You’re only as strong as the weakest link in your tackle.
A slender knot for joining two different weight lines, such as main line to a leader, or backing to fly line. Best used in line with 20lb breaking strain or higher.
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through the loop. Pinch the doubled-back heavier line and the first pass of the thinner line between the thumb and forefinger of your non-tying hand. (Some find it easiest to hold the doubled-back loop of the lighter line in place as well. This will make more sense in practice.)
Taking the 20cm tag of the lighter line, wrap it like a bed spring around the doubled leader, starting close to your pinching fingers and wrapping towards the folded end of the leader/heavier line.
It really makes your life easier if you keep the loops tidy and close to one another, taking care not to cross over any previous loops. You will need between 10-20 wraps depending on the weight of your main line, with finer line requiring more wraps, heavier less.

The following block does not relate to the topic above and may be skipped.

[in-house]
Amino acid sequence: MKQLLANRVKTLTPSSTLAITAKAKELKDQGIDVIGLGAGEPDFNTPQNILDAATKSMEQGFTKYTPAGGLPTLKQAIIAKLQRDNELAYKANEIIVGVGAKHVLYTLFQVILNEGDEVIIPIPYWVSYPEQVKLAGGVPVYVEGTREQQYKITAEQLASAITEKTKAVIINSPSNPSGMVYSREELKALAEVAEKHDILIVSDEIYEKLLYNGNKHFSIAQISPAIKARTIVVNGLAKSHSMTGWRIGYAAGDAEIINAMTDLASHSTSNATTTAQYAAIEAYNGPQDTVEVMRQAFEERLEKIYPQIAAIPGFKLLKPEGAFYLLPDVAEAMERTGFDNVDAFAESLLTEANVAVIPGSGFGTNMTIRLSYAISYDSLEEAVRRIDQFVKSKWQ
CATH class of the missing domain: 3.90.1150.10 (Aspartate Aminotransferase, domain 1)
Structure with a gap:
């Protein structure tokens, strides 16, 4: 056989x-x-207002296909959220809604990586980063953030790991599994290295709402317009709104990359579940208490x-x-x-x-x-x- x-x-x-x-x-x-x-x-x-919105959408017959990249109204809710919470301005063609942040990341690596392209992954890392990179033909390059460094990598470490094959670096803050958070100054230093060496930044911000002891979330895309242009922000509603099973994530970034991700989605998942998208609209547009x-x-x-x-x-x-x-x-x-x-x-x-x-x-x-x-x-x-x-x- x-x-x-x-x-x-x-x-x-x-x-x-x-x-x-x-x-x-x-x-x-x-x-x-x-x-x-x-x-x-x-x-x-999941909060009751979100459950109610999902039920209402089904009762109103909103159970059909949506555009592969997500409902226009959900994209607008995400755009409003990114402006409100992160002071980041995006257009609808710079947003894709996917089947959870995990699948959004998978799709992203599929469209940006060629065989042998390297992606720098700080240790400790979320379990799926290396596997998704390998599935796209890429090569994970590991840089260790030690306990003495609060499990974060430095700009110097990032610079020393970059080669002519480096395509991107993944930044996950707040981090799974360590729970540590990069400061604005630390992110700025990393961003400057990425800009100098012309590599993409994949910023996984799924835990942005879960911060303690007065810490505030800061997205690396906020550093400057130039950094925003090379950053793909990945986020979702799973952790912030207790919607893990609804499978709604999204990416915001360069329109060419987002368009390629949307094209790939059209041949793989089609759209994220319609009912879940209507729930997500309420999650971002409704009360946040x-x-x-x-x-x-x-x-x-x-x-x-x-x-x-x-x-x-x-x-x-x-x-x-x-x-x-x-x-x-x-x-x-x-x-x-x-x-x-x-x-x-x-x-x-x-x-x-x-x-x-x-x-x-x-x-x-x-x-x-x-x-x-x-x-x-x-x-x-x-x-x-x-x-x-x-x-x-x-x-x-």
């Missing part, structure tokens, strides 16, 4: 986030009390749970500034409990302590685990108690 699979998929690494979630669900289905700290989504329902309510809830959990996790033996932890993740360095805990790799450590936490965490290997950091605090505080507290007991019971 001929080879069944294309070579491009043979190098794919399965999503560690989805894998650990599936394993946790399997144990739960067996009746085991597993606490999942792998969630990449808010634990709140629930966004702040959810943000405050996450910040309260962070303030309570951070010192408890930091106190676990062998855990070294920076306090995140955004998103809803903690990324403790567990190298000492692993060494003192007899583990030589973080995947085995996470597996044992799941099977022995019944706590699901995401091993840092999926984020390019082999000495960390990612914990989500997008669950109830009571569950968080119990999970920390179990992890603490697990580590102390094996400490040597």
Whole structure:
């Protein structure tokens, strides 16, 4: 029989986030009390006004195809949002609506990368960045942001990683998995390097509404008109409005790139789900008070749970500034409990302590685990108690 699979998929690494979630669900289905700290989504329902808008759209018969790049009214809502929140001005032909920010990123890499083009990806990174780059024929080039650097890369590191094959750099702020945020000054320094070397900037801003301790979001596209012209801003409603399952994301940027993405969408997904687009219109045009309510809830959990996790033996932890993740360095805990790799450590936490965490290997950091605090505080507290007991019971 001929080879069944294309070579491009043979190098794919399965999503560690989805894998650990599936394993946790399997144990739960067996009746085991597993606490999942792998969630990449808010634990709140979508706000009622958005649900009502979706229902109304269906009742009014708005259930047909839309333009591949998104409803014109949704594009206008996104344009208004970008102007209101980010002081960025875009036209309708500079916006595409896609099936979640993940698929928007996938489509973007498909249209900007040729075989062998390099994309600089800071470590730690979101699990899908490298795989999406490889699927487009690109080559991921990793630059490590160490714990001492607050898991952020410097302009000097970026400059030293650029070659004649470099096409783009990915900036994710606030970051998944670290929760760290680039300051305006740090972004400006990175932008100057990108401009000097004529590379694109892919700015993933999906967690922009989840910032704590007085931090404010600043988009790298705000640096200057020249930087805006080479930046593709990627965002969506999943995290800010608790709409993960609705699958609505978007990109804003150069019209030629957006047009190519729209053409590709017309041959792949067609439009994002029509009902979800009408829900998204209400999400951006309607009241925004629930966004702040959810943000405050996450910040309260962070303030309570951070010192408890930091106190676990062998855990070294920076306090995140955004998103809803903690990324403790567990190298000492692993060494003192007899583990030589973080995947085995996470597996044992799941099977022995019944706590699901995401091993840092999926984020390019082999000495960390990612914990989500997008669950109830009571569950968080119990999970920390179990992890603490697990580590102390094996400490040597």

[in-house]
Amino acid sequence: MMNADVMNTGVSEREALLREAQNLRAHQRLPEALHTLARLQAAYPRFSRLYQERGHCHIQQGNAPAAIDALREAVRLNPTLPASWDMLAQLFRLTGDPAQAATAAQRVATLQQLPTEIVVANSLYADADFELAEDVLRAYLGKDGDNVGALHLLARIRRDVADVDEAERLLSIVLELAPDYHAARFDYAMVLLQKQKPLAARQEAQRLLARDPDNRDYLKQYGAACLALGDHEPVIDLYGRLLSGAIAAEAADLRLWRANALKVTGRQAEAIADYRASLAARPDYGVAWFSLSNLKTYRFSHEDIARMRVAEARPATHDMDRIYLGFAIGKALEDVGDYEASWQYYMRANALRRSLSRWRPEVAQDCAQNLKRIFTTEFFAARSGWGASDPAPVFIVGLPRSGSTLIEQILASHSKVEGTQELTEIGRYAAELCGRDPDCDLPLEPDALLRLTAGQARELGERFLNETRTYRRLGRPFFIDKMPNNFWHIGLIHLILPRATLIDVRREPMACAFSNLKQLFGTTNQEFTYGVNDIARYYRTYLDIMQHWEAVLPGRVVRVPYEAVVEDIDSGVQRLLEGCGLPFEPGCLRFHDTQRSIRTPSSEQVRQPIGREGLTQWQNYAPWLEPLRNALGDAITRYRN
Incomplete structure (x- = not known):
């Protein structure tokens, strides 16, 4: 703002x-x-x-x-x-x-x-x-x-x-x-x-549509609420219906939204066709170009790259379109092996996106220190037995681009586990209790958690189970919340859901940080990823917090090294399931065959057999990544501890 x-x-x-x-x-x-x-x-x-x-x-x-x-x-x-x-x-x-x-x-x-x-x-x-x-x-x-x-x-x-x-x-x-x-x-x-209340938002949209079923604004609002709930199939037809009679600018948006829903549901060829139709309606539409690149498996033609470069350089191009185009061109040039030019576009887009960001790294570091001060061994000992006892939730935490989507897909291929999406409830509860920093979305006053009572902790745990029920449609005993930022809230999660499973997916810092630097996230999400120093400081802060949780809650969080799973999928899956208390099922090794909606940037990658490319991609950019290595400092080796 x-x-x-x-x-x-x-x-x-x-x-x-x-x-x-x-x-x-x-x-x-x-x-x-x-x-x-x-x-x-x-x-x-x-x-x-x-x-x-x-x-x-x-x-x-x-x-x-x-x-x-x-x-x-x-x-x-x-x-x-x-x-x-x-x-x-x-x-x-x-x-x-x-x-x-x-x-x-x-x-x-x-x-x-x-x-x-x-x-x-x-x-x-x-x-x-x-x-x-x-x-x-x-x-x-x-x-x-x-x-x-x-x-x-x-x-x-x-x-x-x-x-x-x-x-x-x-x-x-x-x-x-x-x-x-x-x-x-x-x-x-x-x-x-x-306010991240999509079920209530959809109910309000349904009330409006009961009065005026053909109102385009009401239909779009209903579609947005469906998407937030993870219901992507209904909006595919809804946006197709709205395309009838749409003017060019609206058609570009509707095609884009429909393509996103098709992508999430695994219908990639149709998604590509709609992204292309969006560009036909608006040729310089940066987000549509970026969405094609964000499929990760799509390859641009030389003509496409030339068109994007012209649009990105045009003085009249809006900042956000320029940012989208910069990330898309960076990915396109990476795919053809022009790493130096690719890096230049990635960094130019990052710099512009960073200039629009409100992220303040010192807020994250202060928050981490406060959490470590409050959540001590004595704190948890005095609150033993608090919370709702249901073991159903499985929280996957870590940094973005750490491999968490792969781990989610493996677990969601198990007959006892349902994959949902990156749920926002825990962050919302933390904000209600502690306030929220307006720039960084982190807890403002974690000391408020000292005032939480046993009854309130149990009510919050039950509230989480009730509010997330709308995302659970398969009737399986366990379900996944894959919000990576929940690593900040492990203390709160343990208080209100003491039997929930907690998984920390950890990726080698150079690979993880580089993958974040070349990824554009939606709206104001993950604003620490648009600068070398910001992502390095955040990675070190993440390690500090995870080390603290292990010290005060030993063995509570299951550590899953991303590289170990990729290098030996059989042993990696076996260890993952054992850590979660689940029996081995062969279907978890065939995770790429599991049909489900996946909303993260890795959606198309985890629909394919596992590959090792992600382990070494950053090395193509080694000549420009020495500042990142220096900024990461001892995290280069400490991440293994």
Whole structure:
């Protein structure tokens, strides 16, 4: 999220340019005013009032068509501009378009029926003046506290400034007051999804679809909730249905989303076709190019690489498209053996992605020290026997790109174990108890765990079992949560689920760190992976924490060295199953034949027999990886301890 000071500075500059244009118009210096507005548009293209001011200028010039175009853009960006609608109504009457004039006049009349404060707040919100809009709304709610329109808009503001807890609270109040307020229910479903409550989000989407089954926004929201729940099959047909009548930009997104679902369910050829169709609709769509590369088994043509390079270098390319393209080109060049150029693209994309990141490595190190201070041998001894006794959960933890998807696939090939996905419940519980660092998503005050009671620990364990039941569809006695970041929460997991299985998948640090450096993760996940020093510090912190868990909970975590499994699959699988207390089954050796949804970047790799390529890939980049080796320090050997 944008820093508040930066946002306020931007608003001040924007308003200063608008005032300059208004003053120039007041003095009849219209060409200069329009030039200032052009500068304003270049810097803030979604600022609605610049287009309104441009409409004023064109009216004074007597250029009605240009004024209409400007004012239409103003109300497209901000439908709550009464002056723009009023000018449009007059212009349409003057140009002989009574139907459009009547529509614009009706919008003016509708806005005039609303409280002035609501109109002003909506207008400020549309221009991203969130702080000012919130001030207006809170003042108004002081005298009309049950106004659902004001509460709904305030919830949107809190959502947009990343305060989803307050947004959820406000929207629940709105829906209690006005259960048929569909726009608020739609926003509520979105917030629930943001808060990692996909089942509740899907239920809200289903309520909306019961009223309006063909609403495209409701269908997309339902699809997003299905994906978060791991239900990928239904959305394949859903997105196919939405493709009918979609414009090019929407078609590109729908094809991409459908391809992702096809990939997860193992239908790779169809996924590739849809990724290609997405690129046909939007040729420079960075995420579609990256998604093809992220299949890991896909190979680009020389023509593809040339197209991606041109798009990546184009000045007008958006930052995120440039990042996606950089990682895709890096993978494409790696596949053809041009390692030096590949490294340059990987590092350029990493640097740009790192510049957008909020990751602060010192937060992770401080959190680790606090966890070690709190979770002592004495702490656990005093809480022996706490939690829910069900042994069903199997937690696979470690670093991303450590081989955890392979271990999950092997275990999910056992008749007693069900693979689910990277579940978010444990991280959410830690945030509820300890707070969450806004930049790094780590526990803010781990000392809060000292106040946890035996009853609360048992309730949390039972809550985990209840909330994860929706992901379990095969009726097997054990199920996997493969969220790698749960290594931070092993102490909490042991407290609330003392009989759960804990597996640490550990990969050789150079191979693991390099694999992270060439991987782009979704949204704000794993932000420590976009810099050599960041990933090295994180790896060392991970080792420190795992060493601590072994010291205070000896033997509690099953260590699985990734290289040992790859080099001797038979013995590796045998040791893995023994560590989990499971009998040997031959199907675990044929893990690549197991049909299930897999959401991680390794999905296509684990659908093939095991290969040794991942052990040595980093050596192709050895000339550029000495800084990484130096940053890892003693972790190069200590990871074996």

To complete your knot, feed the tying line through the folded heavy-line loop, making certain that it exits the loop on the same side it came in, ie. if you fed the main line in from below the loop at Step One, it must follow back out the same way. IF you have the line come in from one side of the heavy loop and exit across the other direction, YOUR KNOT WILL FAIL.
Move your hands so that one is holding both leader strands and the other is holding both main line strands. Pull gently away from one another until the knot starts to tighten. Wet the knot with saliva to lubricate before releasing the tags and gently but firmly pulling the leader and main line against one another until the knot is “locked”.
Trim mono or flourocarbon lines as close to the knot as possible, without nicking the knot. Any excess line here has an annoying habit of catching on runners and hampering your cast. With braid, you can leave a few millimetres of tag, as it is soft and will not catch. This allows for a little bit of “slip”.